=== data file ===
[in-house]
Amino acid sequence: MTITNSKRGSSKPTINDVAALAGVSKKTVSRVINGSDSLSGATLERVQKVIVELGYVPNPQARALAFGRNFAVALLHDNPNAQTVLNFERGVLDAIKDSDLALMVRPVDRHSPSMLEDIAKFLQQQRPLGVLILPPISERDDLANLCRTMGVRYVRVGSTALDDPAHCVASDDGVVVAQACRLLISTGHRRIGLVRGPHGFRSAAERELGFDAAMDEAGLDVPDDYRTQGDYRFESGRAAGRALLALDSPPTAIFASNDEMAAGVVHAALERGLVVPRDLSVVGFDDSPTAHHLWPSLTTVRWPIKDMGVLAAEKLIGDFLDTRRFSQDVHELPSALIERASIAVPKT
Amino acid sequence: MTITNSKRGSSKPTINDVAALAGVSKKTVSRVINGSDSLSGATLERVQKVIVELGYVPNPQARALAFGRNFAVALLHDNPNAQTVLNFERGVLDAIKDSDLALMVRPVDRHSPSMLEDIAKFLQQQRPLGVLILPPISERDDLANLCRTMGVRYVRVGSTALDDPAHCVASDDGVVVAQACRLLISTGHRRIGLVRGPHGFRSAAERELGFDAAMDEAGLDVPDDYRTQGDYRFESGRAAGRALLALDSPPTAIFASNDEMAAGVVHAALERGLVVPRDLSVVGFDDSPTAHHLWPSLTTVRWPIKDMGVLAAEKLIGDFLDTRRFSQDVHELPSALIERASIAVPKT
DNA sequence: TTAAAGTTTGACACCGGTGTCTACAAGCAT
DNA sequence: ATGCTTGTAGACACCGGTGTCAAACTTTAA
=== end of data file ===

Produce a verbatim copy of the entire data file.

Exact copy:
[in-house]
Amino acid sequence: MTITNSKRGSSKPTINDVAALAGVSKKTVSRVINGSDSLSGATLERVQKVIVELGYVPNPQARALAFGRNFAVALLHDNPNAQTVLNFERGVLDAIKDSDLALMVRPVDRHSPSMLEDIAKFLQQQRPLGVLILPPISERDDLANLCRTMGVRYVRVGSTALDDPAHCVASDDGVVVAQACRLLISTGHRRIGLVRGPHGFRSAAERELGFDAAMDEAGLDVPDDYRTQGDYRFESGRAAGRALLALDSPPTAIFASNDEMAAGVVHAALERGLVVPRDLSVVGFDDSPTAHHLWPSLTTVRWPIKDMGVLAAEKLIGDFLDTRRFSQDVHELPSALIERASIAVPKT
Amino acid sequence: MTITNSKRGSSKPTINDVAALAGVSKKTVSRVINGSDSLSGATLERVQKVIVELGYVPNPQARALAFGRNFAVALLHDNPNAQTVLNFERGVLDAIKDSDLALMVRPVDRHSPSMLEDIAKFLQQQRPLGVLILPPISERDDLANLCRTMGVRYVRVGSTALDDPAHCVASDDGVVVAQACRLLISTGHRRIGLVRGPHGFRSAAERELGFDAAMDEAGLDVPDDYRTQGDYRFESGRAAGRALLALDSPPTAIFASNDEMAAGVVHAALERGLVVPRDLSVVGFDDSPTAHHLWPSLTTVRWPIKDMGVLAAEKLIGDFLDTRRFSQDVHELPSALIERASIAVPKT
DNA sequence: TTAAAGTTTGACACCGGTGTCTACAAGCAT
DNA sequence: ATGCTTGTAGACACCGGTGTCAAACTTTAA